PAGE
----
By Keith Fisher
Are you part of a critique group? Several months ago I wrote about my dreams for a group that would meet once a week and help each other write correctly. After the LDStorymakers conference, I became part of one that exceeds my dreams. It’s great to get together with other writers who understand, but I discovered an added benefit I hadn’t planned on.
We patterned our group after the example we saw at the conference. The group that J. Scott Savage affectionately calls “The Ladies of Wednesday Night”. When we meet, we bring a copy of what we’re working on for each member. We mark each other’s manuscripts as the author reads it, then we discuss why we marked it.
I was editing today and discovered several places that needed changing. I knew this because members of my group have drilled it into my head. I went ahead and made the changes in my manuscript. Then I began to pore over the marked suggestions from the group, and found I had already changed most of the mistakes.
It’s obvious my group is helping me. I hear their voices when I’m writing, and I fix the bad sentence before it appears on my blog. I’m learning how to write, but more importantly, I have a group of friends who care about each other. When one of us is going through a problem, everyone is there to help.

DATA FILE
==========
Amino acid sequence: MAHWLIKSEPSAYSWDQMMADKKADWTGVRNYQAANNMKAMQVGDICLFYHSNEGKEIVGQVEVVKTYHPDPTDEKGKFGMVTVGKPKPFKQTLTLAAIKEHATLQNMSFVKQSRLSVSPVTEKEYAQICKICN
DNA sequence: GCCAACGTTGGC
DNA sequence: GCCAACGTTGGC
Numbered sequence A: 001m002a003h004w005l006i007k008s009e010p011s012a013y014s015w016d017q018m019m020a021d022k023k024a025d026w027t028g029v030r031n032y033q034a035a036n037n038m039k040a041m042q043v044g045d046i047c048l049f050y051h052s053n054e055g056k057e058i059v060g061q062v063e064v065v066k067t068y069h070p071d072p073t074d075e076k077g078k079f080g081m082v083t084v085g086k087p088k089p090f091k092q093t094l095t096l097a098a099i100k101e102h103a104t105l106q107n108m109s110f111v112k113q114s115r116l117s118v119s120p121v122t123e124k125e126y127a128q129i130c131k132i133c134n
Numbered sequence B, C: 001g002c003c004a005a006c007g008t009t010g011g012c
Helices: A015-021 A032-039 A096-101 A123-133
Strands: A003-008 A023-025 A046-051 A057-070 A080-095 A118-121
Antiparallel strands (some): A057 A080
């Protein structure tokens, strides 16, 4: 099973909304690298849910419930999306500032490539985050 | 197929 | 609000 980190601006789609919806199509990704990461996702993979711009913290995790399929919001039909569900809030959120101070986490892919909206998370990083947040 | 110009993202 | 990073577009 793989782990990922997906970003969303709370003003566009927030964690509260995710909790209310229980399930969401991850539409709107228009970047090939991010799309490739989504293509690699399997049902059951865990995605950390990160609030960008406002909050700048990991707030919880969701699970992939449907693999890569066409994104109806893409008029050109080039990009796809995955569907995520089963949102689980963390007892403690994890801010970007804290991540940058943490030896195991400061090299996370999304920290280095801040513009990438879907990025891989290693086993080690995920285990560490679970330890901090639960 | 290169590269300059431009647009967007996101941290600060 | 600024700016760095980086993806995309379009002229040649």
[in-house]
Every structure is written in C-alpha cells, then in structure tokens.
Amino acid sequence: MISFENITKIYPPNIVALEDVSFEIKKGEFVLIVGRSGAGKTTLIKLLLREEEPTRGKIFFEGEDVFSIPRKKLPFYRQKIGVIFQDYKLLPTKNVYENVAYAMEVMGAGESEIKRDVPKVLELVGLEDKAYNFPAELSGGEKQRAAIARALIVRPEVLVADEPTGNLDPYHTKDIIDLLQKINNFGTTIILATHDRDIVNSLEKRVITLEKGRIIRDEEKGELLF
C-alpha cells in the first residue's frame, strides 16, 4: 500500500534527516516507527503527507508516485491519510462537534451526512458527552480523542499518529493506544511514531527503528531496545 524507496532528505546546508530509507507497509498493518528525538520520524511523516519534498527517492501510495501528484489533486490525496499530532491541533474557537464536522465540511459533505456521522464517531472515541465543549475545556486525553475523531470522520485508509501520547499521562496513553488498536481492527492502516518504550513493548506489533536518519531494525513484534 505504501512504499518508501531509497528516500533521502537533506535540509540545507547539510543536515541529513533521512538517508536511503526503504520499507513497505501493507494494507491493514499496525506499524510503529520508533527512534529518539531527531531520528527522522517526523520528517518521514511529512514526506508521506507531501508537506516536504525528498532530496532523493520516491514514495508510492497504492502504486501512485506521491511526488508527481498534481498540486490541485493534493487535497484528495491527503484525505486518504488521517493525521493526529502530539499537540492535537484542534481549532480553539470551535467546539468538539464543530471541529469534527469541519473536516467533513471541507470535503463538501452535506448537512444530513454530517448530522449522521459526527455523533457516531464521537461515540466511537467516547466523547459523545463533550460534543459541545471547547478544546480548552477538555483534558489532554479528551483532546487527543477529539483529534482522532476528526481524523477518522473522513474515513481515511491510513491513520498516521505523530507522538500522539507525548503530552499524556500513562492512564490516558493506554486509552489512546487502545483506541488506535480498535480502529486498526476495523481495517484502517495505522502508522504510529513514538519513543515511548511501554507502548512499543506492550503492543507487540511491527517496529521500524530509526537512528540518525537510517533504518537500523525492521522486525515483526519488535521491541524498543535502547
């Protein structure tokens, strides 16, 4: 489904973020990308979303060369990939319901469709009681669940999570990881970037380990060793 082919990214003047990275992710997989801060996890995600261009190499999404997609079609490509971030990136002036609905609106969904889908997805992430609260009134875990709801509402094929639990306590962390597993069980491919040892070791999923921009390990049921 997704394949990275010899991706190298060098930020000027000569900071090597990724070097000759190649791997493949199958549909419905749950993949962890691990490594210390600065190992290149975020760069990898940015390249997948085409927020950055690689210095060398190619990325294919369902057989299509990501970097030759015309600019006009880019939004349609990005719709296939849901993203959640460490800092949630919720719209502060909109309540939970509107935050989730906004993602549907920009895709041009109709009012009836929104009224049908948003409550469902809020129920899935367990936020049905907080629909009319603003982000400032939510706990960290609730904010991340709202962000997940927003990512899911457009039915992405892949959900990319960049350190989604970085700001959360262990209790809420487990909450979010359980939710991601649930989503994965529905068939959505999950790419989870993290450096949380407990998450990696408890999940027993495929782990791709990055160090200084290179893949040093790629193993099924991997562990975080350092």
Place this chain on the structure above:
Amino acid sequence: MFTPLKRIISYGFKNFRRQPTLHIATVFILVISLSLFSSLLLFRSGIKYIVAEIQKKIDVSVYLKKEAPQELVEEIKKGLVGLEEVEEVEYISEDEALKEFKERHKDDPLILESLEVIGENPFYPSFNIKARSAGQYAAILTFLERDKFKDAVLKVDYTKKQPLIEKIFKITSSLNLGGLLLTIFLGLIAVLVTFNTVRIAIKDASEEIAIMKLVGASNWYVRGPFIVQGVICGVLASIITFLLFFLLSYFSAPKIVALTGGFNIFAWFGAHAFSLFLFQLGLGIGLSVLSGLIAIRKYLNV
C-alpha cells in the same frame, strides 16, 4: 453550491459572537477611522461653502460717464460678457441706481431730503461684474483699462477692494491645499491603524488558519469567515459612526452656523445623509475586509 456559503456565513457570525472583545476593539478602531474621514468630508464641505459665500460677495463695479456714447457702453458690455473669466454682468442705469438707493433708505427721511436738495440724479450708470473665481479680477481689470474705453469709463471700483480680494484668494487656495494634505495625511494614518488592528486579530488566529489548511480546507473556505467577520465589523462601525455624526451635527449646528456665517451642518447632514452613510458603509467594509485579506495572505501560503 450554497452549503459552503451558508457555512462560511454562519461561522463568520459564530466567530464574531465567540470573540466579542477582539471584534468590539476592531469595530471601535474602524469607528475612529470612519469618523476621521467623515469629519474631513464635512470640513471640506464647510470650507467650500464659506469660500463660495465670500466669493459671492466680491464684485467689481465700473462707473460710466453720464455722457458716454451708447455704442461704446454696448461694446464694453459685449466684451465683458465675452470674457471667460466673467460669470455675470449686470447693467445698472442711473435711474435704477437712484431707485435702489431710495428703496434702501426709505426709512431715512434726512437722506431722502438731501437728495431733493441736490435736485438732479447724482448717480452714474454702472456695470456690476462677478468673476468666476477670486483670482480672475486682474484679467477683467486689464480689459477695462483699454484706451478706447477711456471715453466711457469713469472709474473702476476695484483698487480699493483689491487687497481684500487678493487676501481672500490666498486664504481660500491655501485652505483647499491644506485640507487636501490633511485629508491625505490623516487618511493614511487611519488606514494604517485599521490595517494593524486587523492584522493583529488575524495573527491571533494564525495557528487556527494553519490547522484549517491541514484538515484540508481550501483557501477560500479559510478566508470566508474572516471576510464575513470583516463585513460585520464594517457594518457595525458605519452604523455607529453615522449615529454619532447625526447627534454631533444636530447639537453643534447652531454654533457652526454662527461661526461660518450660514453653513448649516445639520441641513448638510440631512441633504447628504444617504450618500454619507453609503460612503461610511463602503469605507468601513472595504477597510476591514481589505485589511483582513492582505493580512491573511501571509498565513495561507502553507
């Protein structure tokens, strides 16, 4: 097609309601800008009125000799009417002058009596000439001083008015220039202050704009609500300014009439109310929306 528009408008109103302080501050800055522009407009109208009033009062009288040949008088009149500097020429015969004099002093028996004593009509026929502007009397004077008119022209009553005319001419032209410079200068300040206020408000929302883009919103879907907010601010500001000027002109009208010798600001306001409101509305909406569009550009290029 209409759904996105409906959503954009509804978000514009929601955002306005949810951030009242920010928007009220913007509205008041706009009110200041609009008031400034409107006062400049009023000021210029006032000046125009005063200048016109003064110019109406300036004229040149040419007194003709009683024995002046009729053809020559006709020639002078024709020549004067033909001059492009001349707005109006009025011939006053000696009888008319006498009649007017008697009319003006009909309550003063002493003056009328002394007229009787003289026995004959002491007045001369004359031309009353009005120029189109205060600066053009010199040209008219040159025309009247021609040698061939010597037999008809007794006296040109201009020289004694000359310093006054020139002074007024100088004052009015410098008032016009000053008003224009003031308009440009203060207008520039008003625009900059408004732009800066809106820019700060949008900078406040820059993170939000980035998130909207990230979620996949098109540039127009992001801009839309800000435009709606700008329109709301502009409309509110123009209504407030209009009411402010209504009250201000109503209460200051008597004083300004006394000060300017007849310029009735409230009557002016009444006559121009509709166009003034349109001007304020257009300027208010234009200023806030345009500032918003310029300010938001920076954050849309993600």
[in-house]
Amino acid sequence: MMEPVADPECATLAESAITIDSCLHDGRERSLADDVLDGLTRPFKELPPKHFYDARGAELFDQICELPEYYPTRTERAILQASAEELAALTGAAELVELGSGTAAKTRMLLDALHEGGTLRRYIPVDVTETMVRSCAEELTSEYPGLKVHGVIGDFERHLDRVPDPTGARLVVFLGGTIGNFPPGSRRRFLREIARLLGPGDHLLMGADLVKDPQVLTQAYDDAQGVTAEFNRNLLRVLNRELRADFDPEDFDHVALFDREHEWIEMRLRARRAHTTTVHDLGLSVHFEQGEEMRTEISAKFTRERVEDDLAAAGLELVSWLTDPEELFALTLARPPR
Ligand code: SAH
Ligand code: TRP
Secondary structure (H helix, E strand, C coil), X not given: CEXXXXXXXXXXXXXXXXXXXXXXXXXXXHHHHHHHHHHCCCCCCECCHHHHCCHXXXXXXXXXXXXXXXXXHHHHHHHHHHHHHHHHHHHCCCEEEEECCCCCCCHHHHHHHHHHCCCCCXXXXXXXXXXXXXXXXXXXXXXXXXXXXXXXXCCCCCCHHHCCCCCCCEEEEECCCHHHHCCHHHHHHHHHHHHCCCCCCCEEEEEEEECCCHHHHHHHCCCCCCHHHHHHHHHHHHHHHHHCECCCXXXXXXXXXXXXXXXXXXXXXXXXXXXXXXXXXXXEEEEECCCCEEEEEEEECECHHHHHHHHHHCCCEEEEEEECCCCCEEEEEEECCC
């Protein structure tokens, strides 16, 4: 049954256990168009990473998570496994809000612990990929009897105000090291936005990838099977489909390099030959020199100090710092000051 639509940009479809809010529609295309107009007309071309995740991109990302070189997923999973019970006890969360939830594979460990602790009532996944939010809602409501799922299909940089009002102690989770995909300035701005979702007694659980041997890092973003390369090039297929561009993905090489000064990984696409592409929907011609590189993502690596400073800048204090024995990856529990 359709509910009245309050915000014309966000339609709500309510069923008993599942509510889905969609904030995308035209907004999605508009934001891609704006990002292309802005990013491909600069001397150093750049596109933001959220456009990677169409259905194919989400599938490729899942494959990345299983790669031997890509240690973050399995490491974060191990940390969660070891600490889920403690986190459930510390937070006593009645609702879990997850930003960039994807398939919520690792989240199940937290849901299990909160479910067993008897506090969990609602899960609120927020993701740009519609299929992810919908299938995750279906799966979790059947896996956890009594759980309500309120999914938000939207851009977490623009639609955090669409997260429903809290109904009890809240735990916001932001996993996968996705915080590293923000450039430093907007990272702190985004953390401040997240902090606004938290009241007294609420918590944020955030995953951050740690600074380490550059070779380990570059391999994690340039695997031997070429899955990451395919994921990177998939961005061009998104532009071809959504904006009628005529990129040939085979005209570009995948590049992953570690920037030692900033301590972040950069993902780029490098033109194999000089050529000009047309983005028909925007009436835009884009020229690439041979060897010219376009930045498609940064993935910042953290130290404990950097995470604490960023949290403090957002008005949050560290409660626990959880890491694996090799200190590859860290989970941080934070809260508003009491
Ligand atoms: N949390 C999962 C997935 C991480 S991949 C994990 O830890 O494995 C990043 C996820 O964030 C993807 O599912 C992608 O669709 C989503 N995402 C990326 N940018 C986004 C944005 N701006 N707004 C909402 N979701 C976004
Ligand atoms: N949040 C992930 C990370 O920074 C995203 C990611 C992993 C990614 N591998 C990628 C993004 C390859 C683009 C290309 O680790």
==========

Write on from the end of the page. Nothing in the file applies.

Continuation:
Have you found a group yet? In our group, we have two published authors who lend experience. We have a beginner, but you’d never know it because of talent. Two of us are on the verge of greatness, and then there is me. In honor of President Hinckley and his ‘B’s, I listed a few of my own below.
Be humble—accept the fact you might be wrong. Be helpful—make helpful suggestions. Be open-minded—not everyone writes the way you do. Be quiet—don’t try to re-write their book the way you would write it. Be yourself—remember you are the only one who decides how your book is written. If you don’t agree with a suggestion, you don’t have to follow it. However, keep the first ‘B’ in mind.
Good luck in your writing—see you next week